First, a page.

§ public celebration of present mercies,
§ hopeful expectation of future mercies,
are duties incumbent upon all, but especially on saints!
Ø Abimelech’s request of Isaac.
o The nature of demand for a formal alliance confirmed by the sanctions
of religion. “Let there be now an oath betwixt us, and let us make a
covenant with thee.”
o The object of it: his own rather than Isaac’s protection. “That thou
wilt do us no hurt.” Most men suspect their neighbors sooner than
themselves. Christianity requires saints to be as careful of their
neighbor’s interests as of their own (Philippians 2:4).
o The motive of it: partly selfish fear, and partly a recognition of
Isaac’s goodness. “Thou art now the blessed of the Lord.”
Ø Isaac’s reception of Abimelech.
o Cautious inquiry. “Wherefore come ye to me?” It is prudent to try
injurious men before we trust them.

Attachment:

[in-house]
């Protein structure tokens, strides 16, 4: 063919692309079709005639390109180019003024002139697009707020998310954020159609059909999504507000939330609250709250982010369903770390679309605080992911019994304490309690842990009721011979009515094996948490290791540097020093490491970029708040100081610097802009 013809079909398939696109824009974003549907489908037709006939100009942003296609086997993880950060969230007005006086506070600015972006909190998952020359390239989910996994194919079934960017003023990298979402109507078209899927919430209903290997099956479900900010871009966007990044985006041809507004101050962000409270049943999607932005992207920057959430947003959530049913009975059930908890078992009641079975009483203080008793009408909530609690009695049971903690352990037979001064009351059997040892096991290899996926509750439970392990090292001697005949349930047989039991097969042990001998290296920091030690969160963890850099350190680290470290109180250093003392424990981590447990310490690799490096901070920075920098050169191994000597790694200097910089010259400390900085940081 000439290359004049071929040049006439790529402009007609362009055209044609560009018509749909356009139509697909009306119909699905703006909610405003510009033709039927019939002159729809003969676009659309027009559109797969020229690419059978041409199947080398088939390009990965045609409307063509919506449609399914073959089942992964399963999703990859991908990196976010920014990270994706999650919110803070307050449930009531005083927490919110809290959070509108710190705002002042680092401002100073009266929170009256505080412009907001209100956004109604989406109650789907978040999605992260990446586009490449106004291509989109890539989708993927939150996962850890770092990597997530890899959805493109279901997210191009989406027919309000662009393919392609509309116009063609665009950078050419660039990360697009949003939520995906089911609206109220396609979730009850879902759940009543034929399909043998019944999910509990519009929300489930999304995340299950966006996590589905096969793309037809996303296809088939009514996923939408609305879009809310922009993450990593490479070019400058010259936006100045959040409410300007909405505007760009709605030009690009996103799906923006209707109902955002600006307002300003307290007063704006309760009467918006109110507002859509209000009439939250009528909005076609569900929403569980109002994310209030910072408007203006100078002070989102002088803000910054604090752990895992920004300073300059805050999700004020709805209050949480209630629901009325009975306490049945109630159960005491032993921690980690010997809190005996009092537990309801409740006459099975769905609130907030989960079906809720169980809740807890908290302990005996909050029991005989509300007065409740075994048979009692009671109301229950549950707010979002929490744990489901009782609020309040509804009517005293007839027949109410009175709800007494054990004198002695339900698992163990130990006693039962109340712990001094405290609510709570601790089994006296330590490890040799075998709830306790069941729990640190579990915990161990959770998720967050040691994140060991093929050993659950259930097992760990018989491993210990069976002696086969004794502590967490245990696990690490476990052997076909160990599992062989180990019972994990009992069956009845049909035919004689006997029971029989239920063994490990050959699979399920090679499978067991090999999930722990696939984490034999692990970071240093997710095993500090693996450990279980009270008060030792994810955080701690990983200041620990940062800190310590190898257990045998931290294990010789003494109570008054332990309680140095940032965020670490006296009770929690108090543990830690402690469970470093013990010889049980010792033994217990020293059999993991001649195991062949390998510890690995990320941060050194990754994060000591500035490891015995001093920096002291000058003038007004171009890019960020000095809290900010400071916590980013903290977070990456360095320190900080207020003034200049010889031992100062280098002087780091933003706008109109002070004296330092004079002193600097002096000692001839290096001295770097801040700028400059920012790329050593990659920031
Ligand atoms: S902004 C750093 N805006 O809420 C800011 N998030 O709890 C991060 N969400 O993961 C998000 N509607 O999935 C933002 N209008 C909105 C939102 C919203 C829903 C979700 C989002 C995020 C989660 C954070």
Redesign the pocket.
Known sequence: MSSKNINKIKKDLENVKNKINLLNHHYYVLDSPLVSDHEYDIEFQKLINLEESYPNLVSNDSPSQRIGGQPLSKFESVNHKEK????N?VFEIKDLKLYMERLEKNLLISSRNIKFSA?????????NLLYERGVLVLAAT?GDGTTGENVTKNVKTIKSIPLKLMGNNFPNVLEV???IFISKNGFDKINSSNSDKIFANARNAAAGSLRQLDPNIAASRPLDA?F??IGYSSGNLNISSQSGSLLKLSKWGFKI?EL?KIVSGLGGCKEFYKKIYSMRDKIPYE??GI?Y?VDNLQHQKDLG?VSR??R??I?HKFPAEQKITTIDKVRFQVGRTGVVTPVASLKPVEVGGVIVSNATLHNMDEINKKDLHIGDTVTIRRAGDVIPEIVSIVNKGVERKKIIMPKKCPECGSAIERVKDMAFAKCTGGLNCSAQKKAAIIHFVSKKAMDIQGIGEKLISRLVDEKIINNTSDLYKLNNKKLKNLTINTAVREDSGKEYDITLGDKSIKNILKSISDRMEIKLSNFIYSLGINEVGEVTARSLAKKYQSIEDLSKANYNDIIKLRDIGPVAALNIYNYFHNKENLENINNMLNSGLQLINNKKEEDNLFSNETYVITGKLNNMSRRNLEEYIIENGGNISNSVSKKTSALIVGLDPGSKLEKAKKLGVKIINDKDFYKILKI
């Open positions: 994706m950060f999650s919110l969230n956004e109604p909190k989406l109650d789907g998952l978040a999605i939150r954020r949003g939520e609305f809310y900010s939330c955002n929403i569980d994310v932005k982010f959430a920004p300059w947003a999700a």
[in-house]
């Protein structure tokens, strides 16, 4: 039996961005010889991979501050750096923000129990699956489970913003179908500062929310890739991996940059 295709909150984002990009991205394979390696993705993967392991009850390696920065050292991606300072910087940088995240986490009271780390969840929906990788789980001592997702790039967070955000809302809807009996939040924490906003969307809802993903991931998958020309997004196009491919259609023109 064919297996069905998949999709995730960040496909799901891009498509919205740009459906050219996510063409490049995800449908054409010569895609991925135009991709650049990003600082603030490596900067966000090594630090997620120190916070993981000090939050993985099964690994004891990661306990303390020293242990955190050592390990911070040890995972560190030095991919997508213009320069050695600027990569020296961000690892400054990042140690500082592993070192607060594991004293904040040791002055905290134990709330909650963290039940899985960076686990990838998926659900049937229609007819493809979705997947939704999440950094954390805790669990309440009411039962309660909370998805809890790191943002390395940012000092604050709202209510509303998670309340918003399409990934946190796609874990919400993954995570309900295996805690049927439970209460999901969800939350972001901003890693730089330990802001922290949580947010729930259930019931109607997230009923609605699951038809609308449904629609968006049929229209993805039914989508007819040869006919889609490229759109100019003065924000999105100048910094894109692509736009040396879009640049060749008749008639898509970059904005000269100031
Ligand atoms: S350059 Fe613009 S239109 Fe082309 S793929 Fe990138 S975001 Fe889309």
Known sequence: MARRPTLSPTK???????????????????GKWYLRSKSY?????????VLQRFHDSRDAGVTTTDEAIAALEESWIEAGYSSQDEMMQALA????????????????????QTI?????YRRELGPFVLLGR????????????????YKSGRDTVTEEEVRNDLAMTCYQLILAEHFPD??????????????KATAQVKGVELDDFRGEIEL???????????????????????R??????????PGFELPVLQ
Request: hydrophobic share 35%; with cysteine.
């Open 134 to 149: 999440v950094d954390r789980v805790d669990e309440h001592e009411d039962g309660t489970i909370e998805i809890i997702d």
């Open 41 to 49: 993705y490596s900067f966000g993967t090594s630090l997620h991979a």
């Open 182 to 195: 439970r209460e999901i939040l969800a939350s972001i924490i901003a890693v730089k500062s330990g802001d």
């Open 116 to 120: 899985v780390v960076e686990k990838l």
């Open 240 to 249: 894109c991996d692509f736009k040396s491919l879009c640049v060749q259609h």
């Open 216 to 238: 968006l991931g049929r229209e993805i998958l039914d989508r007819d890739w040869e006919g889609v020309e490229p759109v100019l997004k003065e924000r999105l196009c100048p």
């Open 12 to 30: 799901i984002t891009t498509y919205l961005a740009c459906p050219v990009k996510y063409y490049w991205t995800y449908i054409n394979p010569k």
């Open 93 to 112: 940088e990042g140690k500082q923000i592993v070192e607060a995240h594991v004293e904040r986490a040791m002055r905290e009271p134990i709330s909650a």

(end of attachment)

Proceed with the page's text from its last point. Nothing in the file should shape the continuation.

o Generous entertainment. “He made them a feast.” Overlooking, as
became a good man, their too favorable account of themselves, he
gave them welcome to his hospitable board. God’s people should not
be censorious even in judging enemies; when obliged to suffer, they
should forget as well as forgive injuries, and never should they
disdain overtures for peace, though made by those who have done
o Solemn adjuration. “And they swore one to another.” Though
religion does not lie within the sphere of politics, politics lie
within the sphere of religion. Nothing should be done by a good man
that he cannot sanctify by the word of God and prayer (Colossians
o Peaceful dismissal. “Isaac sent them away, and they departed from
him in peace.” Those who come for peace should never go without
peace. It is the saint’s interest as well as duty to follow after peace